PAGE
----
Mix it Up with Interleaving

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Based on a growing mountain of evidence, interleaving is a strategy that dramatically improves learning. You may have heard of interleaving as a way to challenge students by "mixing it up," but how does interleaving work, what are some key takeaways from research, and how can you use it in your instruction?

Interleaving in a nutshell: The way practice problems are arranged can dramatically affect student learning.

This may sound dull and inconsequential, but in many academic disciplines, educators must decide how practice problems, vocabulary words, and other pieces of information should be practiced and retrieved. Years of cognitive science research have established that simply rearranging the order of problems, without changing them, can increase (and even double) student learning.

Here are 3 ways to get started with interleaving:

  1. Download our new Interleaving Guide!

  2. Read about rigorous research on interleaving and how it's more effective than blocked practice

  3. Learn about a leading cognitive scientist in the field of interleaving, Doug Rohrer, Ph.D.


Reminder: Both of our guides – and more coming soon – are available at our Library.

We hope you'll find the robust and reliable research on interleaving as fascinating as we do. It's a simple strategy to implement, with a simple idea in mind: Rearranging information can have a powerful impact on student learning.
 

NEW Interleaving Guide!

For the first time, we're announcing our brand new Interleaving Guide – a brief overview of interleaving research, the pitfalls of blocked practice, examples from mathematics, and classroom applications. 

Consider this basic example of blocked versus interleaved practice problems:

Blocked: AAAA BBBB CCCC DDDD
Interleaved: ABCD ABCD ABCD ABCD


Both approaches have the same practice problems; they've simply been rearranged. If the letters above represented addition, subtraction, multiplication, and division, then the blocked arrangement requires students to perform a procedure, but it doesn't require students to know which procedure to use. Students can safely “plug and chug” without thinking about the strategy they need to use.

With interleaving, no two consecutive problems require the same strategy. This forces students to choose a strategy on the basis of the problem itself. Performance may decrease initially on an interleaved set of problems, but it's precisely this challenge from interleaving that improves learning over the long run.

Pro-tip: When you're teaching similar concepts (e.g., nouns/verbs, related math procedures, animal kingdoms, etc.), rearrange them and mix them up to require students to discriminate rather than "plug and chug" during learning.

Want to know more about interleaving and how to apply it in your classroom? Download our new guide and let us know what you think.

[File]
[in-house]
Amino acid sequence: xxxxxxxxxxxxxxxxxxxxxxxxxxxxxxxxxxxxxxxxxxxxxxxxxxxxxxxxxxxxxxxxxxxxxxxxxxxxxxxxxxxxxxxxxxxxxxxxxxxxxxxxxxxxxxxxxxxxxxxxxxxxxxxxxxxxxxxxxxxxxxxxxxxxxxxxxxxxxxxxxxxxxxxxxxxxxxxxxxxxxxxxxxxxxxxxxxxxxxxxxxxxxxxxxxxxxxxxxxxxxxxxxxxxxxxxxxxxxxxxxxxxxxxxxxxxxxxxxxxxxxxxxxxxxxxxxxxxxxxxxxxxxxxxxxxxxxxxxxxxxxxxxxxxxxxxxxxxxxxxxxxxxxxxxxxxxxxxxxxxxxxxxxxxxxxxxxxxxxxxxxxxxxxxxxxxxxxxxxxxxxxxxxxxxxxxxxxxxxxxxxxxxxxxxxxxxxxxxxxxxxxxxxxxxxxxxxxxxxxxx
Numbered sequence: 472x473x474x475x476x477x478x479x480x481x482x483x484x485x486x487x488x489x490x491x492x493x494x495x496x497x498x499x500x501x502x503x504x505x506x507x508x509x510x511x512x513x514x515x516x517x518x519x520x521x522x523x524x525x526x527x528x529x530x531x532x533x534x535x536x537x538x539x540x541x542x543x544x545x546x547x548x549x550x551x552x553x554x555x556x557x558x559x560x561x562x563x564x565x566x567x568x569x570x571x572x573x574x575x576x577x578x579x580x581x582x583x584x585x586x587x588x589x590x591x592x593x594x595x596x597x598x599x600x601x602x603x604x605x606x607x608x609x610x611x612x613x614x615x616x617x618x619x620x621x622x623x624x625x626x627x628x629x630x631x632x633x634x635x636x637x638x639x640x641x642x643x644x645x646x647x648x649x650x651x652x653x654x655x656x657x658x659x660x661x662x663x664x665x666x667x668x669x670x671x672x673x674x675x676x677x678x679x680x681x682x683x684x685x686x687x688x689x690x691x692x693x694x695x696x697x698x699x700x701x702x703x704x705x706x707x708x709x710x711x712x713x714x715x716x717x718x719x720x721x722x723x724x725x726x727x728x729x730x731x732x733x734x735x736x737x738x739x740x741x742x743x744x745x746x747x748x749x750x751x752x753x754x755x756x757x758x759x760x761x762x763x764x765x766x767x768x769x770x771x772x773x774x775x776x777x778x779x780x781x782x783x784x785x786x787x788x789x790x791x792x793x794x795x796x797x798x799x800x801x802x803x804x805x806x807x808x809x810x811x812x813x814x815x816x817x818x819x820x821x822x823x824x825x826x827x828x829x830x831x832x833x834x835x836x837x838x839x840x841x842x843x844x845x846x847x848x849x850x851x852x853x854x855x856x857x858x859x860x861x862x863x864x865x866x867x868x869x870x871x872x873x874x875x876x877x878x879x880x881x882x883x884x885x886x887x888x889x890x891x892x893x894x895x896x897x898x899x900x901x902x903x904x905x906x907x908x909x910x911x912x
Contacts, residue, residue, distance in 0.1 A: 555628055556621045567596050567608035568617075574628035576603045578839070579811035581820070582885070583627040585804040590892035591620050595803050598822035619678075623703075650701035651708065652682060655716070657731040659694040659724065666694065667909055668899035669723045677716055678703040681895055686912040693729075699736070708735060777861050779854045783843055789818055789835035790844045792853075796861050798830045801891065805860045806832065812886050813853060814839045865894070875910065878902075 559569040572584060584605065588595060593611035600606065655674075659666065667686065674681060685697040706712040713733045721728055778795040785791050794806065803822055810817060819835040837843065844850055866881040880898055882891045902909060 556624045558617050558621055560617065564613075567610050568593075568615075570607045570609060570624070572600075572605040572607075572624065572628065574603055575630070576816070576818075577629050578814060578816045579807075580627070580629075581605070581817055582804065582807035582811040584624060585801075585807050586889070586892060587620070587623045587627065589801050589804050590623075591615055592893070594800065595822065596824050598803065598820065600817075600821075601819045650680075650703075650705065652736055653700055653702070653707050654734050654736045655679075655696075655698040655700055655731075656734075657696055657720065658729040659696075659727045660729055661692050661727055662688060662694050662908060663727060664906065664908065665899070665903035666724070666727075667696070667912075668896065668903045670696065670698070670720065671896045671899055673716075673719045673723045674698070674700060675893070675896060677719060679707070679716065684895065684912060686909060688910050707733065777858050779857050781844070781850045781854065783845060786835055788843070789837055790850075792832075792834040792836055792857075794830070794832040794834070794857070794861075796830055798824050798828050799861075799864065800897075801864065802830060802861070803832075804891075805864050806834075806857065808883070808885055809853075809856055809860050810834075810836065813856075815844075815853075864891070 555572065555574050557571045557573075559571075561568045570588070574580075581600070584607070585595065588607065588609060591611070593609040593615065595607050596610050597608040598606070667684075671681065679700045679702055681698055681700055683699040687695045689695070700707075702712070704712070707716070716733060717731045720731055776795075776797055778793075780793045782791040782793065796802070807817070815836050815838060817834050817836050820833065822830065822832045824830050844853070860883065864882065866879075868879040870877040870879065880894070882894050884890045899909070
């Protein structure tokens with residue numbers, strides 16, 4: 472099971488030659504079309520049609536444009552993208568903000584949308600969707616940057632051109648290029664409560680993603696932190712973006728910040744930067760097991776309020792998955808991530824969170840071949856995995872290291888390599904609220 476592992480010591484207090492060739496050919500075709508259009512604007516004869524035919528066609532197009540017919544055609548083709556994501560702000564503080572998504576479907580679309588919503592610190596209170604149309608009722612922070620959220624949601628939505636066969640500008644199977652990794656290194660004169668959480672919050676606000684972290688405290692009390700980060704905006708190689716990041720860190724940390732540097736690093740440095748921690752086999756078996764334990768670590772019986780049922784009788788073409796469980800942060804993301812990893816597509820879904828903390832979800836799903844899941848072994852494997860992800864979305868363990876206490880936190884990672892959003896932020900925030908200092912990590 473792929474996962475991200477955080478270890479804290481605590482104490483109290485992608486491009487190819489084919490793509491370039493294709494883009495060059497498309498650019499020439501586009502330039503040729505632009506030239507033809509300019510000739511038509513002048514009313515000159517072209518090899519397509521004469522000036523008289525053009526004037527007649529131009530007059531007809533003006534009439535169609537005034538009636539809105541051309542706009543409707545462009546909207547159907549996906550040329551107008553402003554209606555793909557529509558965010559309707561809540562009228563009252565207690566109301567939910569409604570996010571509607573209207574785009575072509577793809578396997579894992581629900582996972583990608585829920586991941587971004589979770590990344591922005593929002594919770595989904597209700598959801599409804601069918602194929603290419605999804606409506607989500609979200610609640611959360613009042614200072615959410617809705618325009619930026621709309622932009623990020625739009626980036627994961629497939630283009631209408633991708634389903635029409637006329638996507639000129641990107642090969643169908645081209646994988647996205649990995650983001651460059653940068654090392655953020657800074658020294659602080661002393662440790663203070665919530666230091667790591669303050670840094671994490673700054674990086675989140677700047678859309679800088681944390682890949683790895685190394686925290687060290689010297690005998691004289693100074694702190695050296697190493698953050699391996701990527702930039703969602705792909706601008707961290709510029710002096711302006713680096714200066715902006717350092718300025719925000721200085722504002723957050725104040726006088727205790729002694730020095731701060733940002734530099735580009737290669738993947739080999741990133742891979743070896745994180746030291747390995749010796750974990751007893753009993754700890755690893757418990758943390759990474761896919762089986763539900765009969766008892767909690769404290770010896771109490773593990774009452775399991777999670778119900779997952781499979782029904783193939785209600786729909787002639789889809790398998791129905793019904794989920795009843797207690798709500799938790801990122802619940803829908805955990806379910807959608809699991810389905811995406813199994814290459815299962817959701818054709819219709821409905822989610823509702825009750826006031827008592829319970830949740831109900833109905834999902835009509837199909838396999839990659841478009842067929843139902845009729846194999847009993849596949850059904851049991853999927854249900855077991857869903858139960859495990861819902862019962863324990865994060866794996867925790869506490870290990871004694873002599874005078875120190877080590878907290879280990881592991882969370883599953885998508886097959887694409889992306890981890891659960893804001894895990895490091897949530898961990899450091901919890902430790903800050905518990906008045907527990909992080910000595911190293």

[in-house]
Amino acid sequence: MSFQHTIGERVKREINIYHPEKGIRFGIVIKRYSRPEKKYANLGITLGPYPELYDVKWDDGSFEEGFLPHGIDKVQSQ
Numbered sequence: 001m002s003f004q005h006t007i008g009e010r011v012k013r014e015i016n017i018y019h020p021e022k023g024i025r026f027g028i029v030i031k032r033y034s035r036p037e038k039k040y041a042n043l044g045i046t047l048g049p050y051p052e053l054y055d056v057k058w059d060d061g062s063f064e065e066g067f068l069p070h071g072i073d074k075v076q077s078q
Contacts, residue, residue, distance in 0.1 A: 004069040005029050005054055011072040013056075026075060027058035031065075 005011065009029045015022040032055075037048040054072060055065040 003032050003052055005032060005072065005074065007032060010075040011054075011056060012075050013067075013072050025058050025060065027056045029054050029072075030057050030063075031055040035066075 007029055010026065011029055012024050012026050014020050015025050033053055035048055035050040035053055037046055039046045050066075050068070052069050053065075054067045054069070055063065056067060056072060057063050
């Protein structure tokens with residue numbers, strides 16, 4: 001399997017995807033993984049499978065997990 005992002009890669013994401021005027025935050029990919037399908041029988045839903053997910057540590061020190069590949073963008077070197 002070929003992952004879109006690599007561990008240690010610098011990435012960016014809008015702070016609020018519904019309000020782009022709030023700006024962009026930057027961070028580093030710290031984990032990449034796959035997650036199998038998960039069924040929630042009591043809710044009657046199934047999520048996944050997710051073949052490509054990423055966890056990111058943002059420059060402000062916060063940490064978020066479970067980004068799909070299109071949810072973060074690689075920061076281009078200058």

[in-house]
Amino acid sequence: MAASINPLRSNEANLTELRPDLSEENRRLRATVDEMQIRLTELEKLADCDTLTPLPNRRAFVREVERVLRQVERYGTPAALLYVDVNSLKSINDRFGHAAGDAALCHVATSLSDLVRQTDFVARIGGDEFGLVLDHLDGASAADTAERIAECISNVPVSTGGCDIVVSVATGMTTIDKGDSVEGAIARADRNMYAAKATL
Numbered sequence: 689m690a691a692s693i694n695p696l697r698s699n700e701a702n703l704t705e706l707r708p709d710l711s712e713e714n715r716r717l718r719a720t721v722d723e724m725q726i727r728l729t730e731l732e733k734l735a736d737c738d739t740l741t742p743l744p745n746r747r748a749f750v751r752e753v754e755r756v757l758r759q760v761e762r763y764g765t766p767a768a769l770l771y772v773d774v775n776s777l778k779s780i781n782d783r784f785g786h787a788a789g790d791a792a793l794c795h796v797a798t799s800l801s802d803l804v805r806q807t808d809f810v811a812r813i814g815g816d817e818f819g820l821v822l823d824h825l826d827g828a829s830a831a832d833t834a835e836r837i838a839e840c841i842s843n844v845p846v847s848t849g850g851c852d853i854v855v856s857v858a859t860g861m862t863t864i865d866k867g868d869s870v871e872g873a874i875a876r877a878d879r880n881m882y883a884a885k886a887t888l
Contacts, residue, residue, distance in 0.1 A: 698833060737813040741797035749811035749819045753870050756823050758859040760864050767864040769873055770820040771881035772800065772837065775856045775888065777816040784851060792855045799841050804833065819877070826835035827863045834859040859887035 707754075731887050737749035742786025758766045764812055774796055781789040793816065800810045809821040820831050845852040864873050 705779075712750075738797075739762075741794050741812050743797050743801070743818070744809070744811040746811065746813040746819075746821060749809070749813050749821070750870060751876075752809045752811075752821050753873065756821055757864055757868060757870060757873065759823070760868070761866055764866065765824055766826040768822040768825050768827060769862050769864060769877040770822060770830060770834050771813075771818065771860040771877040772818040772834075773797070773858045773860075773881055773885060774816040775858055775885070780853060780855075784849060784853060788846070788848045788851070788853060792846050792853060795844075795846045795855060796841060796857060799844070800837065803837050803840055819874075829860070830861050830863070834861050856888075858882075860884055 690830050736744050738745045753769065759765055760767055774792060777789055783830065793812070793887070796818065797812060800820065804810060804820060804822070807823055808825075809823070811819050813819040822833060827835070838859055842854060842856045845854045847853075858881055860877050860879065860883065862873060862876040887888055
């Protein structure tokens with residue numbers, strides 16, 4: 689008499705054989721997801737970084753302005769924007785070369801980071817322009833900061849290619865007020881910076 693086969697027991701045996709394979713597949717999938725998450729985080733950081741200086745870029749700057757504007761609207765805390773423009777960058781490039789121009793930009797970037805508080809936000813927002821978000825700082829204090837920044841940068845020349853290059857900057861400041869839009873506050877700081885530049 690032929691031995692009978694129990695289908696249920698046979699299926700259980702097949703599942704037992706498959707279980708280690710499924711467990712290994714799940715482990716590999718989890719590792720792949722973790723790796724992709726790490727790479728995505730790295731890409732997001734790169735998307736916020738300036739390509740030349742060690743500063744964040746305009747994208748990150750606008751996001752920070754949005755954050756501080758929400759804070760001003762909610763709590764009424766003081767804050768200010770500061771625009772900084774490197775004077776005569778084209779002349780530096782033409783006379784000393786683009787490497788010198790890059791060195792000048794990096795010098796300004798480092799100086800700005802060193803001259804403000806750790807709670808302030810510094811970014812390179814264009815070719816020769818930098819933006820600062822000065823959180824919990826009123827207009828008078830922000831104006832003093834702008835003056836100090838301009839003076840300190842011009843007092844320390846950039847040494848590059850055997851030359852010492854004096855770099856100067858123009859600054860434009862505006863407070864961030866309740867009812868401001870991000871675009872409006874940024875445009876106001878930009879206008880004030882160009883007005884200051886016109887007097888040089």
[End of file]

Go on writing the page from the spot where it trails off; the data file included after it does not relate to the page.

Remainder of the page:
The Interleaving Guide is authored by cognitive scientists Doug RohrerRobert F. Dedrick, and Pooja K. Agarwal.

 

Research Spotlight: Taylor & Rohrer (2010)

In a peer-reviewed journal article by Kelli Taylor and Doug Rohrer (2010, Applied Cognitive Psychology), 4th grade students who completed interleaved math problems during a practice session had nearly double the exam performance after one day (77%) compared to students who initially completed blocked math problems (38%, effect size = 1.21). Notice that student performance at the end of practice is lower for the interleaving condition, but students' understanding of the math problems remained consistent over one day – compared to the giant dropoff in the blocked condition.

Most research on interleaving has been conducted on mathematics learning. Additional research suggests that it's also beneficial for non-math skills as unique as tossing bean bags, hitting baseballs, associating artists with their paintings, and identifying birds. Research on interleaving is increasing, particularly in classroom settings, an exciting direction toward enhancing learning using this simple strategy.

For a thorough review of the research literature on interleaving, check out this article in Educational Psychology Review. We also recommend this article in the Scientific American, written by a scientist, for a shorter overview of interleaving research. Hungry for more? Email us with a specific request and we'll email you back!

Reference: Taylor, K., & Rohrer, D. (2010). The effects of interleaved practice. Applied Cognitive Psychology24, 837-848.

 

Scientist Spotlight: Doug Rohrer, Ph.D.

Doug Rohrer, Ph.D., is a Professor of Psychology at the University of South Florida and a former high school mathematics teacher.

One of the foremost experts on interleaving, Doug has conducted research (funded by the U.S. Department of Education) on interleaving in both laboratory and classroom settings. He's published his research in peer-reviewed journals including the Journal of Educational PsychologyEducational Psychology Review, and Educational Researcher. His work has also been featured in the popular press and numerous books.

One of Doug's gems of wisdom on interleaving: "With blocked practice, students can solve a word problem without reading any words. Interleaving helps students learn how to choose strategies, not just how to use strategies."